On Shabbos Kodesh, 27 Menachem Av 5615 (1855) HaRav Avrohom Mordechai, the Chidushei HaRim's last son, passed away. The Sefas Emes was eight at the time. The Chidushei HaRim bore the tragedy with his spiritual fortitude. To console his wife, who bitterly mourned the death of their beloved, only son, he said the following words: "Our tragedy will serve as a consolation for all bereaving fathers. Now they will say, `Look and see what Yitzchok Meir went through. He lost 13 children, all of them holy, and all of them died before their father . . . '"


Yehuda Aryeh Leib, the orphan, was sent to the home of his famous grandfather, the Chidushei HaRim. He called the boy Leibeleh and said he learned Torah lishmoh. The Sefas Emes' spiritual world was built in this great home. It is said when the Chidushei HaRim hired a chossid to study with him he made three conditions: to wake the boy up early in the morning, to arrive at a chiddush with him every day, and to study 18 hours per day. It is said only the first of these conditions he was unable to keep, since when he came to wake him the boy was already up . . .

The Chidushei HaRim took his grandson to Kotsk with him on several occasions. Even when the ground was covered with frost and snow he would insist on bringing the boy along, saying it was worth the effort to have him see "a real Jew."

In 5619 (1859) the pillars of Poland were stunned by the histalkus of the Seraph of Kotsk. Most of his chassidim chose the Chidushei HaRim to lead them. Even with the weight of thousands of chassidim resting on his shoulders he continued to study both nigleh and nistar with his grandson, who remained near his grandfather's side.

On 3 Adar Beis 5622 (1862) the young man's wedding was held in the town of Gur. His father-in-law was HaRav Yehuda Kaminer, the grandson of HaRav Boruch Frankel, the author of Boruch Taam. On the day of the wedding the Chidushei HaRim summoned HaRav Kaminer and said, "When one gives a present he must notify the recipient in advance. I hereby give notice you are about to receive a big present." The Chidushei HaRim then proceeded to extol his grandson, but even years later the Sefas Emes refused to divulge what he said, recounting only that he offered great praises.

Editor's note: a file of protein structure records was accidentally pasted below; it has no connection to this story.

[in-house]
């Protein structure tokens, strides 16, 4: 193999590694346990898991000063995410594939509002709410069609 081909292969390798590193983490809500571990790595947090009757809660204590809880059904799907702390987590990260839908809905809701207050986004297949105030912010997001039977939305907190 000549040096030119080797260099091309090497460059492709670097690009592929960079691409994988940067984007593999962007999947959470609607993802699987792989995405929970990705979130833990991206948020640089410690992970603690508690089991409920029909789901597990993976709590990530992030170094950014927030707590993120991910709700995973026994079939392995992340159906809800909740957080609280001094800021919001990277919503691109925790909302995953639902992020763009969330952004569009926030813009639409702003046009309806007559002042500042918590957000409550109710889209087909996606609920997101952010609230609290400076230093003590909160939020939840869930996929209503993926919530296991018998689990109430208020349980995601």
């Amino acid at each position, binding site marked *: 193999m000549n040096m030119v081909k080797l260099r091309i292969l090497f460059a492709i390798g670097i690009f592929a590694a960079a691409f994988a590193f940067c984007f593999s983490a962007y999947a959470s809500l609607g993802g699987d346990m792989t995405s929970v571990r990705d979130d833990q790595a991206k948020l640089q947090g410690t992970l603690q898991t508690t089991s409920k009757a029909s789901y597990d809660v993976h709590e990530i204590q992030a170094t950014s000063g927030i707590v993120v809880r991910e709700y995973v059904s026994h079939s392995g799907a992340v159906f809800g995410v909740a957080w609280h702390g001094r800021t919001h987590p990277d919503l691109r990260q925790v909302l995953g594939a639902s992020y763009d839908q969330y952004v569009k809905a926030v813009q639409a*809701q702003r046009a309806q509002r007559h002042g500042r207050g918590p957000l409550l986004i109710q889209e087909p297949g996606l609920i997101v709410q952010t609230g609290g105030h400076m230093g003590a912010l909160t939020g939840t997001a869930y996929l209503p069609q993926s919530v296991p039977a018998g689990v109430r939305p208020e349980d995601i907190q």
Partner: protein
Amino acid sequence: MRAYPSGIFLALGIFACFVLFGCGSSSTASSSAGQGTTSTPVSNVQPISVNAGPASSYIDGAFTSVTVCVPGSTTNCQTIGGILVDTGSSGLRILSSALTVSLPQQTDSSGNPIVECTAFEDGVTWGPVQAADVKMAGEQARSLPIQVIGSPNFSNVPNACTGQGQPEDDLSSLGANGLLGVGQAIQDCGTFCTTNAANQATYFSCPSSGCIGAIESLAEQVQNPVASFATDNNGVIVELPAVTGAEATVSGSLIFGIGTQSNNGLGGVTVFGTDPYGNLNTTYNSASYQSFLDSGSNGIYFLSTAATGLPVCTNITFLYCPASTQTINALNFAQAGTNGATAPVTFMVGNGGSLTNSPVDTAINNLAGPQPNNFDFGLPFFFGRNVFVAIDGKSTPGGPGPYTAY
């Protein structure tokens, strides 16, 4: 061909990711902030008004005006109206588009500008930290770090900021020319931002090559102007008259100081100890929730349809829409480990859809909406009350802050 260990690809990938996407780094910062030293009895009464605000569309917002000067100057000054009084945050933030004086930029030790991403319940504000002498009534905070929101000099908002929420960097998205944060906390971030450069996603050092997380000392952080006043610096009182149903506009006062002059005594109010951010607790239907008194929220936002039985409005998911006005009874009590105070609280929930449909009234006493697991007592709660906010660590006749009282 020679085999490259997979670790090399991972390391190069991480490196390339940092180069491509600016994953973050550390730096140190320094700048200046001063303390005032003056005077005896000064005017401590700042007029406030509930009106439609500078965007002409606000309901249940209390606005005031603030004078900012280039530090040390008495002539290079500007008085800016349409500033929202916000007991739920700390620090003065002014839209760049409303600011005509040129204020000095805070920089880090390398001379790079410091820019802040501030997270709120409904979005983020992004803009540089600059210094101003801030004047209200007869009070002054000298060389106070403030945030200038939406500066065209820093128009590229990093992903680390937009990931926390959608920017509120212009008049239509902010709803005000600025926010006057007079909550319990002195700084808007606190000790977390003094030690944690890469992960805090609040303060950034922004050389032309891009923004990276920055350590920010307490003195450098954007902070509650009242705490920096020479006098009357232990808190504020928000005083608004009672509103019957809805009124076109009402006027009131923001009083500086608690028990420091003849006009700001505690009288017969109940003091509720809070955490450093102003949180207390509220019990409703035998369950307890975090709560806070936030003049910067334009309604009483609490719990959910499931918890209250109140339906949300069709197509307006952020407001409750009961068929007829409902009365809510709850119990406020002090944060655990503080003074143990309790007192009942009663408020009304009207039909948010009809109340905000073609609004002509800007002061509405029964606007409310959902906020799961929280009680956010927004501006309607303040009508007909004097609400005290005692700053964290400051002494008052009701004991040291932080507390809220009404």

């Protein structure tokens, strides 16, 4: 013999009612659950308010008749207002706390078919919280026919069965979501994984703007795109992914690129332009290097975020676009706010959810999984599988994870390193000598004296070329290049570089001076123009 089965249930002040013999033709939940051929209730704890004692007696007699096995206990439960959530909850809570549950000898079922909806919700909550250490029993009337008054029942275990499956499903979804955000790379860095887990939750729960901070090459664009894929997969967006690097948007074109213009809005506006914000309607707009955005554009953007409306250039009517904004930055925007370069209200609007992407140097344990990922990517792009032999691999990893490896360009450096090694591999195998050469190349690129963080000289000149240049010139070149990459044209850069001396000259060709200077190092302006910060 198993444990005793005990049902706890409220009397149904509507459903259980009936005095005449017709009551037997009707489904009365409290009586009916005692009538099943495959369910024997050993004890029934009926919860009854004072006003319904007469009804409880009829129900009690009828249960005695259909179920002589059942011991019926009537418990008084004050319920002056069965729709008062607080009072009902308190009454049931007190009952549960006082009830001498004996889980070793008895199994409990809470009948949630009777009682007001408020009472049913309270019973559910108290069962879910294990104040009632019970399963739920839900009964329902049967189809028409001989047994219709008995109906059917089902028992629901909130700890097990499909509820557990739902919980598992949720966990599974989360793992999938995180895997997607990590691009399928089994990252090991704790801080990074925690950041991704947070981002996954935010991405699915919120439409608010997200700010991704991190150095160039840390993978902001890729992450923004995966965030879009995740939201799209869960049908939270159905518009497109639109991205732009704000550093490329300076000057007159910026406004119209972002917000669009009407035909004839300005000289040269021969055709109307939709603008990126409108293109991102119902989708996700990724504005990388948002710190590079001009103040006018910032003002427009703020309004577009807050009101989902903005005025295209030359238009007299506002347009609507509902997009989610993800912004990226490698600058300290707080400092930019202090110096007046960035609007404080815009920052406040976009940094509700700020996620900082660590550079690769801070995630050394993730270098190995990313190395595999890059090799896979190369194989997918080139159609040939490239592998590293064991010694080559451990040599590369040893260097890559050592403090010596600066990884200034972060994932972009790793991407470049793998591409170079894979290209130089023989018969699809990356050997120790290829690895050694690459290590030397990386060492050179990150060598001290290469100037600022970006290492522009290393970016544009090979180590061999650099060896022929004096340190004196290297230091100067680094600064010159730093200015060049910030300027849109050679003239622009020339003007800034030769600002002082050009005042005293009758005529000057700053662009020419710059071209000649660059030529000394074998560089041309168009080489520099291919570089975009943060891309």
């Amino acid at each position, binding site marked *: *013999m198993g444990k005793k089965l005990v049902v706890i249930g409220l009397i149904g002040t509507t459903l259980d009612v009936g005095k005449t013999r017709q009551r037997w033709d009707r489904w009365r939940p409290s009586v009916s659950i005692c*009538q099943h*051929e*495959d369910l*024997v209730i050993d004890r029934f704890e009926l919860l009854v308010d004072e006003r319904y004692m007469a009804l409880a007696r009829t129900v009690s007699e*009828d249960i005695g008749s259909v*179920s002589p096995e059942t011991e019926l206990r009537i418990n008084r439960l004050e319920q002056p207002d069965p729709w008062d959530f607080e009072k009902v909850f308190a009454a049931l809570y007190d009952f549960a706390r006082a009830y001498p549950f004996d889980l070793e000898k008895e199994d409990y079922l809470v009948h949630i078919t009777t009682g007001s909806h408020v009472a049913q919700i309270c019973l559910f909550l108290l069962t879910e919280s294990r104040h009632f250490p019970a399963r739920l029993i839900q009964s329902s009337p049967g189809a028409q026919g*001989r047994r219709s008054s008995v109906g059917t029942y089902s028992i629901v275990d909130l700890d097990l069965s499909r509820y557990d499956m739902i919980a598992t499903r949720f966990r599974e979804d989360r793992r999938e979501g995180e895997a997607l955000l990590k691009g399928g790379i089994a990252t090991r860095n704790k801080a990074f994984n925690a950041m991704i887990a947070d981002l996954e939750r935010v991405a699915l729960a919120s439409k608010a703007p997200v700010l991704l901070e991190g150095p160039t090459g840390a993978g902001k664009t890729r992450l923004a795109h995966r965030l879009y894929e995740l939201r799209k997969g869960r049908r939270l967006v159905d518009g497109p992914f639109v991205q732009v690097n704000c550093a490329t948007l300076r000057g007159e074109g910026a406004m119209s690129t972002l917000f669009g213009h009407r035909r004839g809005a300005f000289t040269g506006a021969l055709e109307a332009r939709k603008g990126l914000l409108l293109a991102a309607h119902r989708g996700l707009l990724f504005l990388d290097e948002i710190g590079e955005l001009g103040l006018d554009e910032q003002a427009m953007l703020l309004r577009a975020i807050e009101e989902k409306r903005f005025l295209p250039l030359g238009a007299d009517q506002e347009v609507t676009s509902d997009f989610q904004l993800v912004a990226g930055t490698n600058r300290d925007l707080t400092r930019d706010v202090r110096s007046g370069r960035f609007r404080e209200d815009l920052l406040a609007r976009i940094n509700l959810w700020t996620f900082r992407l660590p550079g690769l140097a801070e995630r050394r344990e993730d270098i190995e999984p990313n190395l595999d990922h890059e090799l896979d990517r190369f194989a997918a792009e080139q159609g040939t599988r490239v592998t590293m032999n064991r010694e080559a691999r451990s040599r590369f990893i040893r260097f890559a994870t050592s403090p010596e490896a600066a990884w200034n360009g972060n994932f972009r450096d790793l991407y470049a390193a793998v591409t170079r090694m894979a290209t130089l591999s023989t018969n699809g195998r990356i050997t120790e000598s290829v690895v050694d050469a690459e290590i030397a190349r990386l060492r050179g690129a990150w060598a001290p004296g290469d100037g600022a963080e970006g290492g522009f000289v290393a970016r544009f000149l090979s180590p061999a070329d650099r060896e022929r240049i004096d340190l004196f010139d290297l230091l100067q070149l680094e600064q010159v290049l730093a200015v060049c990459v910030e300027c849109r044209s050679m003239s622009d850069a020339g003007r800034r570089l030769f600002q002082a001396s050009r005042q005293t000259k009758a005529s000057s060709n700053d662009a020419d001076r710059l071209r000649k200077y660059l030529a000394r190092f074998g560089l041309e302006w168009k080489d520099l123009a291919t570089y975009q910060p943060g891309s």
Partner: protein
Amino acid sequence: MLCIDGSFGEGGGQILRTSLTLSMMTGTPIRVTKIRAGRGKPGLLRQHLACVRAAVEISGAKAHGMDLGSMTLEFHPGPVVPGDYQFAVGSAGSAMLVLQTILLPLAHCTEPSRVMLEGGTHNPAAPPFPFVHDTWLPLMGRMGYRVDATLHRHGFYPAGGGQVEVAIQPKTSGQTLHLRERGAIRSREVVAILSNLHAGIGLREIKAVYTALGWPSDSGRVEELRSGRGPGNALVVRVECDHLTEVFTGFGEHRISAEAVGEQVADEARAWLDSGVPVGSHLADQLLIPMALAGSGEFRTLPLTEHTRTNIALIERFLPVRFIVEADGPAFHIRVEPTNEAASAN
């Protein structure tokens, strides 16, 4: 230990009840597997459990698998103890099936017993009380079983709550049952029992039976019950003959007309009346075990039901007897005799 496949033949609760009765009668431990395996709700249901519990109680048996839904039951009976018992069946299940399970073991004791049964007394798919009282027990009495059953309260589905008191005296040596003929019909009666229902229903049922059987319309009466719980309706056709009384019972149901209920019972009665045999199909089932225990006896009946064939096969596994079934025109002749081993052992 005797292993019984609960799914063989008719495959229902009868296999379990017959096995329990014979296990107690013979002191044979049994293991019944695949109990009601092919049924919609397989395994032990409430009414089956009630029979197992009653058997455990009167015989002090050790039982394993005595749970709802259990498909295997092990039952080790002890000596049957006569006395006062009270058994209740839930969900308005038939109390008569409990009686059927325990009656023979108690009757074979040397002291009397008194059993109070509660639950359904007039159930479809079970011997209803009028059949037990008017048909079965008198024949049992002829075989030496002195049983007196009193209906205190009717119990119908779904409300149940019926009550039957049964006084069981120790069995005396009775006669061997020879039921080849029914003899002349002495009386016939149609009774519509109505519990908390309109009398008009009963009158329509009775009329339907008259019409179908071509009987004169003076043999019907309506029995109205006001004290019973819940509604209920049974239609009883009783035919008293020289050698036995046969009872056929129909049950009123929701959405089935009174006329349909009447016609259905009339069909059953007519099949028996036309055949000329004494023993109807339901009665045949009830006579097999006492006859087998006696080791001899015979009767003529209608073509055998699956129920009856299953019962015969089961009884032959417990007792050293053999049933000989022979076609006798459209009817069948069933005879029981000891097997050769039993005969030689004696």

The Chidushei HaRim had a white, silk garment sewn for the chosson. Someone close to the Chidushei HaRim asked whether this was not liable to bring ayin hora. "No," replied the Chidushei HaRim. "He is from the seed of Yosef Hatzaddik, and keeps the covenant, protecting him from ayin hora."

On 23 Adar 5626 (1866) the seven years of leadership by the Chidushei HaRim, the first Gerrer Rebbe, came to an end. These years came to be known as "the seven years of plenty."

Following the Chidushei HaRim's histalkus the Sefas Emes was chosen to serve as the rov of Gur at the age of just 19. Many chassidim urged him to take the mantle of leadership for the entire Gur community, which was left like a flock without a shepherd, but he would not hear of it.

After a period of preparation he set out for HaRav Henoch of Alexander. Despite his young age the rov held him in high esteem, even stirring envy. During the Sefas Emes' first seudah in Alexander, wine was brought to the table before Bircas Hamozone. Peering at the clear wine and the sediments on the bottom of the bottle HaRav Henoch proceeded to speak about how a Jew should look pure and clean and clear, letting all of the sediment and unwanted elements sink down. When the Sefas Emes heard his words they rang a bell. This was the last thing he had heard his grandfather, the Chidushei HaRim, say!

The Sefas Emes turned to the Admor of Alexander's son. "Then the opening of a new rebbe is like the closing of the previous rebbe," he concluded, and decided to remain in Alexander.

Four years later, on 18 Adar 5630 (1870), the Alexander Rebbe passed away. Thousands of Gerrer chassidim looked toward the young grandson, but the Sefas Emes adamantly refused to become a rebbe.

One Shabbos a large number of chassidim gathered in Gur and even said the Mi Sheberach normally reserved for the Admor. As he stepped up to the bimoh he declared unequivocally, "I am not a rebbe. I am not worthy of being your rov."

An Unwilling Rebbe

The mountain climber hammered in another piton. He air was becoming thinner and thinner, but he kept climbing toward the summit. The expedition had been underway for weeks. Across hundreds of miles he had clung onto the mountainsides like the shoots of a climbing vine. One last drop of sweat streamed down into his eye, but nevertheless he could see that he had reached the peak.

And there, at the top, he saw him: a young boy stood there smiling. The mountain climber thought he was hallucinating. A child all alone at such high elevations? "How did you get here?" he asked the boy.

"I was born here," the boy said in reply.

The essence of this parable was presented by HaRav Eliezer of Grodzisk when the Sefas Emes eventually accepted the mantle of leadership. How could it be that one of the biggest, most glorious communities in Am Yisroel makes a 23-year-old avreich into their leader? How could intelligent chassidim who had been closely acquainted with the Seraph of Kotsk submit to him?